'In the mid 1980s, the firm was facing a serious threat,' he says. 'At the time it was led by Andrew Grove and they were under fierce attack from competitors in Japan. Everything they did to beat them failed until the leaders began to do things in a different kind of way. Once they had that revelation, all changed.'

The company had to dump deeply held beliefs about its purpose: making better computer chips was not going to save them. That sort of drastic strategic assessment can come from expensive external advice, or it can come from good old business 'feel'—the existential itch that begins the process of review and revival.

As Segal tells it, Intel took the more personal decision-making path.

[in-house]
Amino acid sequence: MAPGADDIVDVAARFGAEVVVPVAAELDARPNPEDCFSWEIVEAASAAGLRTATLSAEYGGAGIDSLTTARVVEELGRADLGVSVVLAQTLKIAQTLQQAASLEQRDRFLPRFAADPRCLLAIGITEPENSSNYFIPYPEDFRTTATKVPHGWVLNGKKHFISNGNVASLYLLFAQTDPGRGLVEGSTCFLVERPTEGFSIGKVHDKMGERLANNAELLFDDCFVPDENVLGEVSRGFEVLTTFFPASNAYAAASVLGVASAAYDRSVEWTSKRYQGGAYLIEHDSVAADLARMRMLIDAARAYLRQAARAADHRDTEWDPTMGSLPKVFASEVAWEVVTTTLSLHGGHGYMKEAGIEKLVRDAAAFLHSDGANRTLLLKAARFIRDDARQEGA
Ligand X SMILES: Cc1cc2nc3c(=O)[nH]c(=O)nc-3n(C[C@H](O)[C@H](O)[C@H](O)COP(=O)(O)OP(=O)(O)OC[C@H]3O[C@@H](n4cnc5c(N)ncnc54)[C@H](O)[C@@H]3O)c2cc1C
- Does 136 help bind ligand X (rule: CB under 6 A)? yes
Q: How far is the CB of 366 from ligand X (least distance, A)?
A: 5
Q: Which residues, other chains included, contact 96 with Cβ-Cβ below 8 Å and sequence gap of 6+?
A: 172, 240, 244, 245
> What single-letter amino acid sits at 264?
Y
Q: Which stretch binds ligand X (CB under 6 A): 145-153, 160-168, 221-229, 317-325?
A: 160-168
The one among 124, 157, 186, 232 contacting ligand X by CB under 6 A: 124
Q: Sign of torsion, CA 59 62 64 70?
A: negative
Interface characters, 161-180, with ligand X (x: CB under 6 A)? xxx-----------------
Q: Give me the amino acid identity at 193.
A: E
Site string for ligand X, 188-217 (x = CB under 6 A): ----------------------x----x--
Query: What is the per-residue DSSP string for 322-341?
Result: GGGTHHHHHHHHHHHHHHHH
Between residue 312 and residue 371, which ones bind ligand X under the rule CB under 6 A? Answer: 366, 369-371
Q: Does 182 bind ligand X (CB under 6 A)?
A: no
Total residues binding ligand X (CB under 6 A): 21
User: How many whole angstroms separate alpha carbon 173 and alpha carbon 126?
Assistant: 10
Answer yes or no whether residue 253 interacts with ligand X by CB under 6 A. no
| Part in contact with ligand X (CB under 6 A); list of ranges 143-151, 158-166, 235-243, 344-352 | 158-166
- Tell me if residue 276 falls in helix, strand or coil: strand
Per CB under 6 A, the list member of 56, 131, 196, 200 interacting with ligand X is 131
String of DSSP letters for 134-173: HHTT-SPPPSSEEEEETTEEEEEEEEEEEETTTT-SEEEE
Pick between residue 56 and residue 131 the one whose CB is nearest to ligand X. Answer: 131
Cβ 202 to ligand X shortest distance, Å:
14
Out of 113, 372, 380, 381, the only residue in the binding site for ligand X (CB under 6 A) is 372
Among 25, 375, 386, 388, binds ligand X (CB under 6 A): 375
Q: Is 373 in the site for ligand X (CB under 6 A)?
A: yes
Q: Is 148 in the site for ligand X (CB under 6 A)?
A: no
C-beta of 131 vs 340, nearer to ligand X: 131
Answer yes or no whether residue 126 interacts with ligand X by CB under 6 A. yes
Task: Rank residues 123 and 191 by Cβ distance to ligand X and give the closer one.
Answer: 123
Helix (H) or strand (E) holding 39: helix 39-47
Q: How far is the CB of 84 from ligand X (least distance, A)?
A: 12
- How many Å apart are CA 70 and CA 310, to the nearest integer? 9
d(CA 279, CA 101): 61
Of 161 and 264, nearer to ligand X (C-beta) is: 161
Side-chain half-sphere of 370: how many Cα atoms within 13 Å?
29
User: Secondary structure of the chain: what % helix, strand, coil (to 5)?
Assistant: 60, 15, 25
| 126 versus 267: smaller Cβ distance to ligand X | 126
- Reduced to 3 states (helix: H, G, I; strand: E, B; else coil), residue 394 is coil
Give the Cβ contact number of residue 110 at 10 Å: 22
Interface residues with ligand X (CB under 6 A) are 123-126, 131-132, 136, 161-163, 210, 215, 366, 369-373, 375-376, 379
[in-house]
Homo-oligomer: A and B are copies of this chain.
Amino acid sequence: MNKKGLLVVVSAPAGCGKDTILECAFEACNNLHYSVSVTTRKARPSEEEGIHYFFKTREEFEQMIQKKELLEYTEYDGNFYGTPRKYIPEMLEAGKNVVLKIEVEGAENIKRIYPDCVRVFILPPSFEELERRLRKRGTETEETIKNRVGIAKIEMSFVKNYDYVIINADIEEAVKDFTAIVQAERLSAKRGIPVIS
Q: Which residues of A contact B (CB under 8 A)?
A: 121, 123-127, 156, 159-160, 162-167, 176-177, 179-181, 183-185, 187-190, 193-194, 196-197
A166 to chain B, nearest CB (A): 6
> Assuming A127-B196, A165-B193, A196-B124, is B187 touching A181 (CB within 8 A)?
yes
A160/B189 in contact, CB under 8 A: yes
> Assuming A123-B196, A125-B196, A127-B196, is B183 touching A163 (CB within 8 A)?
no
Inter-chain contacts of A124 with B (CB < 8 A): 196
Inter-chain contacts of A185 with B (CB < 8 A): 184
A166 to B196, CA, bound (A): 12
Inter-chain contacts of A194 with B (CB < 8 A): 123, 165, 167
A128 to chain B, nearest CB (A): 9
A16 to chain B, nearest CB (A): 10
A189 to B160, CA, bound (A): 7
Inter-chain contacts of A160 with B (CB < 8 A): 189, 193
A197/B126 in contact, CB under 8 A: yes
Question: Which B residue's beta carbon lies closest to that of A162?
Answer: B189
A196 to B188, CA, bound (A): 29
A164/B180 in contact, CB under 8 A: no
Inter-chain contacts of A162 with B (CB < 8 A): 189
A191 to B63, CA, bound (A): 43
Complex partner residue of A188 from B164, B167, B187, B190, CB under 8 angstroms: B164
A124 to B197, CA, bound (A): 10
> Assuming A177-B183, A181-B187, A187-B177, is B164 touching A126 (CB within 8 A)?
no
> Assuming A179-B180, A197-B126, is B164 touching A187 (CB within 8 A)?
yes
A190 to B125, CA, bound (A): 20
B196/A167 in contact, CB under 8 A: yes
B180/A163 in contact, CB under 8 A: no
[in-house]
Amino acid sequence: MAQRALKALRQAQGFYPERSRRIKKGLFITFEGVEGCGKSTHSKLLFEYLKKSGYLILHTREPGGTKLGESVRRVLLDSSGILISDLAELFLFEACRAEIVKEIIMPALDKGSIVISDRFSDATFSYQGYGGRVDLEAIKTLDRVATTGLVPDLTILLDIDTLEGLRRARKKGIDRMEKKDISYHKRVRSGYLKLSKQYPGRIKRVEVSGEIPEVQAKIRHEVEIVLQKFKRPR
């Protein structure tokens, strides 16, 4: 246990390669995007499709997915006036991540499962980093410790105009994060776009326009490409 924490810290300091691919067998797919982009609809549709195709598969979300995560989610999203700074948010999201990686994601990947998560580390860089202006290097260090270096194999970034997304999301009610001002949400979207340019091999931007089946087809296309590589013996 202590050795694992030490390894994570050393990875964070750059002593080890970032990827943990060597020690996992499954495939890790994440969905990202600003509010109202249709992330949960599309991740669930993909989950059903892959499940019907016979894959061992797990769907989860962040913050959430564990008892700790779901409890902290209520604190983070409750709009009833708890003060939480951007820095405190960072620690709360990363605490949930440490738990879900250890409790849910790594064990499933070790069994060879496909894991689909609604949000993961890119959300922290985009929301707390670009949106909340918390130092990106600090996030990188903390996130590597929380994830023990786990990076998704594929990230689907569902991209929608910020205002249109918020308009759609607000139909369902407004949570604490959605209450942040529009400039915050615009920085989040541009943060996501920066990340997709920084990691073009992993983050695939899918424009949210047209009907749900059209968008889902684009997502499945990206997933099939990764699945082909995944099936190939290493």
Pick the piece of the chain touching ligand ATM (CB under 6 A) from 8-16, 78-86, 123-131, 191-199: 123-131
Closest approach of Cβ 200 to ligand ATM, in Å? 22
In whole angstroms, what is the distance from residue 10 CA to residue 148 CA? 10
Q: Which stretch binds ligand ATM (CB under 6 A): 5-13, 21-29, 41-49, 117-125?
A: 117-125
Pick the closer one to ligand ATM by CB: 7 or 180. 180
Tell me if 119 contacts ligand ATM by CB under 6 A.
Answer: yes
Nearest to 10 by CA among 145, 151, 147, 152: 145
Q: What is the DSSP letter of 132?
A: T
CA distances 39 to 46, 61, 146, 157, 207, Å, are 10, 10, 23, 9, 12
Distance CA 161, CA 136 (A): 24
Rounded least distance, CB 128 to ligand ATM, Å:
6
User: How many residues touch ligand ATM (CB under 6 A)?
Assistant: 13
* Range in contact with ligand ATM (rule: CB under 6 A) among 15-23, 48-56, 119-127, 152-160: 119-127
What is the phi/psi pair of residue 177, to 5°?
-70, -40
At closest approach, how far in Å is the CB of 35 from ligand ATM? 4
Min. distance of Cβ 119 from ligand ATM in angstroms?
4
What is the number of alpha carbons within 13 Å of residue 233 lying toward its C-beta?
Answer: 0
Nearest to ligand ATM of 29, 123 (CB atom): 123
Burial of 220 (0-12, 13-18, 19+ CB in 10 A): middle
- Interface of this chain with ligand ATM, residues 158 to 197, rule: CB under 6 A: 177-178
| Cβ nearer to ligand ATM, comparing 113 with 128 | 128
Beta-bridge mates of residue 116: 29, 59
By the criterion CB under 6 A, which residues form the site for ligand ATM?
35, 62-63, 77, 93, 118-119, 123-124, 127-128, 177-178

'The CEO asked his chairman, "If you employed a new CEO what would that person say? The chairman replied that the new CEO would push the company out of chip production and into microprocessors." 'Grove then said, "What if we just walked out the door now and walked back in and start all over again?"'

And that's exactly what they did. A touch of corporate pantomime perhaps, but Segal maintains that this ritual act enabled them to break through an existential wall.

'It doesn't sound like much to you or me ... but it was a major thing to give up a practice based on deeply embodied beliefs. It's what Sartre calls the gaze of the other: let's see ourselves through the eyes of the others and see what they see.'

The South African-born and educated Segal finds another illuminating example in his homeland. 'One of my heroes is Nelson Mandela. No matter what the white people of South Africa did to him he was always able to see himself through the gaze of his oppressors. This was his big strength: not just "know thine enemy", but know yourself through thine enemy.'